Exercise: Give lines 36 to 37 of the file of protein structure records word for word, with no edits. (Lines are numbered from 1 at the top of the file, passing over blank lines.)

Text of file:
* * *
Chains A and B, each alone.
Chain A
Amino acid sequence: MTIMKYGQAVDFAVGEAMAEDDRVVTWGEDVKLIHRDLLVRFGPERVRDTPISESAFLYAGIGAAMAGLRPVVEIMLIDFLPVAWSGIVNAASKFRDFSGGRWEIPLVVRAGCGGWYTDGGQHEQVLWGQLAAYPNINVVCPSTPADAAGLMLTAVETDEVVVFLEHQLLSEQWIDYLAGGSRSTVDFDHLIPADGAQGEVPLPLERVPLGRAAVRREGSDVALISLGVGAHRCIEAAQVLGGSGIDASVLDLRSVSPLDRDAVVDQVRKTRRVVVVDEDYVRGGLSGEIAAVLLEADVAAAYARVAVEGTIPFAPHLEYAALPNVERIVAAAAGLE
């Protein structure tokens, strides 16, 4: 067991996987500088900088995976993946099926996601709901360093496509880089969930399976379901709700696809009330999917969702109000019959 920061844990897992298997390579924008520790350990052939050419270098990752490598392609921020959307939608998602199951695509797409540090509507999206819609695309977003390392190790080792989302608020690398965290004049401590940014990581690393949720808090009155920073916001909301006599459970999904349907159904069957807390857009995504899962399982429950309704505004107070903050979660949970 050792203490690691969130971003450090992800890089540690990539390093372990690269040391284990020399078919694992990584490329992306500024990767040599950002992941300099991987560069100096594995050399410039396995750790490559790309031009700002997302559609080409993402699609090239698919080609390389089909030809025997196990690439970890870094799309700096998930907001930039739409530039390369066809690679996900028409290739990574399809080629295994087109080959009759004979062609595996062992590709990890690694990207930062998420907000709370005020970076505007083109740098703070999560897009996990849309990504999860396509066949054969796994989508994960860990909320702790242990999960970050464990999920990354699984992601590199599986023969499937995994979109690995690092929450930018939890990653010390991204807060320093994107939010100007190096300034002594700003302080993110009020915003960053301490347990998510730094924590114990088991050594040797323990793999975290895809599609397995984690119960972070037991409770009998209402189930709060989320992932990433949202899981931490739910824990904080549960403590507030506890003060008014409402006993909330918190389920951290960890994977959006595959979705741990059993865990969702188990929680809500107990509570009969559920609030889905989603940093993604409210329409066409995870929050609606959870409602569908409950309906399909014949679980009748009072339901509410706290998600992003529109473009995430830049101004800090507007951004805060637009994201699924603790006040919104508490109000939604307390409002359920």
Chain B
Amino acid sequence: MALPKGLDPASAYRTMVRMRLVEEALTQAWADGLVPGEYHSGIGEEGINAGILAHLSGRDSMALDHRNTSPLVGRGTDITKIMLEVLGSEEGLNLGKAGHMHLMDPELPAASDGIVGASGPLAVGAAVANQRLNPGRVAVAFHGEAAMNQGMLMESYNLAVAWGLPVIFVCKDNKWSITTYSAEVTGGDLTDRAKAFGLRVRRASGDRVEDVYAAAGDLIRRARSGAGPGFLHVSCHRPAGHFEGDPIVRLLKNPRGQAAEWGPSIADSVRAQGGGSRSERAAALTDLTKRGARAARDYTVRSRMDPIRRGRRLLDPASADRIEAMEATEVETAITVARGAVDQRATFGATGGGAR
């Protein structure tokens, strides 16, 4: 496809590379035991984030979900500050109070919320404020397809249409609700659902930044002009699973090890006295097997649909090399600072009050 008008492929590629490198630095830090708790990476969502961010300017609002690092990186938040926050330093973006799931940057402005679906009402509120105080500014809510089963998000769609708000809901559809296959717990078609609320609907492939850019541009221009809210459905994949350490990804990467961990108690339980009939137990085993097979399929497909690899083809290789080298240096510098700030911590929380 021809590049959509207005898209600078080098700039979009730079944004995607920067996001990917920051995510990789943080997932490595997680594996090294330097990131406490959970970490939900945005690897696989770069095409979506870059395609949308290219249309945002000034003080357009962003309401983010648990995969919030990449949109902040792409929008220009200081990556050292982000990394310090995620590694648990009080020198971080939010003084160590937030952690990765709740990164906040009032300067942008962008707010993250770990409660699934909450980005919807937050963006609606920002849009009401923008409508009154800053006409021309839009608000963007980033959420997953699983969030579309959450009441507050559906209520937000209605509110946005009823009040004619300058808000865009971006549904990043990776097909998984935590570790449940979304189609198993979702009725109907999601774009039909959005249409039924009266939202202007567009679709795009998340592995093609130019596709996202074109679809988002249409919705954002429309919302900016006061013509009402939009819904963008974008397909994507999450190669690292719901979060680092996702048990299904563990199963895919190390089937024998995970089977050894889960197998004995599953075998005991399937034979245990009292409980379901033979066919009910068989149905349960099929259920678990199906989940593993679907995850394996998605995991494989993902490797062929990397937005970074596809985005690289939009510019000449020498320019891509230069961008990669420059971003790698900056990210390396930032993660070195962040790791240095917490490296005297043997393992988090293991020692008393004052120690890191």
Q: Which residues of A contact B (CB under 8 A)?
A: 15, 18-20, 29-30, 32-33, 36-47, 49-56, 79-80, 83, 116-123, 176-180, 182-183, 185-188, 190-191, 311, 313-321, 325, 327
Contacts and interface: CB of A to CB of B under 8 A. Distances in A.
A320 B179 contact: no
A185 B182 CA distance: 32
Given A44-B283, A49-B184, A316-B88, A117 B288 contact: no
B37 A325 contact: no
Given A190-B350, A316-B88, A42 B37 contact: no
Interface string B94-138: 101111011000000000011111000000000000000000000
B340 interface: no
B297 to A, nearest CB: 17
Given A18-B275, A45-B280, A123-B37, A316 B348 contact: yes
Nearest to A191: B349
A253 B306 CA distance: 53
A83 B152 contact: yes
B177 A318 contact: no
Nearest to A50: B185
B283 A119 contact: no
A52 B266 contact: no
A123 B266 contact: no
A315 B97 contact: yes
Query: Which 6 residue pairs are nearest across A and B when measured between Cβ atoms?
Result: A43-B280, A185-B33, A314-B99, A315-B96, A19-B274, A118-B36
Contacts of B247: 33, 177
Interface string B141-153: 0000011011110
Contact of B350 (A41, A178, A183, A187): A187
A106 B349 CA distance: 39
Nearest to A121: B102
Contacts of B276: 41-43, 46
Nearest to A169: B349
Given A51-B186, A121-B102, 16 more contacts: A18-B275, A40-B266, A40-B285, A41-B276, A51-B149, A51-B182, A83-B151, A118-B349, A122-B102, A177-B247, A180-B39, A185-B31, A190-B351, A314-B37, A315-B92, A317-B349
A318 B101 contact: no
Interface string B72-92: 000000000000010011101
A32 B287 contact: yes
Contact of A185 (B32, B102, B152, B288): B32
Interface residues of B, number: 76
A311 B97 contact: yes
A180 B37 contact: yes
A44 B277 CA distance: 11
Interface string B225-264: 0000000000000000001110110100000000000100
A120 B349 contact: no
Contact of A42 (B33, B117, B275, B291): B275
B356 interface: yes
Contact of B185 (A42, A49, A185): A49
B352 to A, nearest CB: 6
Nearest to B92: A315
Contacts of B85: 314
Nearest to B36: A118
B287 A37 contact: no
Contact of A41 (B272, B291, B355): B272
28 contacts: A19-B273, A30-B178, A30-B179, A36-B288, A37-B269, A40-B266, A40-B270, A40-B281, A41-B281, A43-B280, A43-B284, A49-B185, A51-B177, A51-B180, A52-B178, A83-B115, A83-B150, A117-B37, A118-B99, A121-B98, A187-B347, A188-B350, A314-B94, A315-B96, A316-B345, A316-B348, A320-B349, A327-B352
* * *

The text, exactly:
Contacts of B276: 41-43, 46
Nearest to A169: B349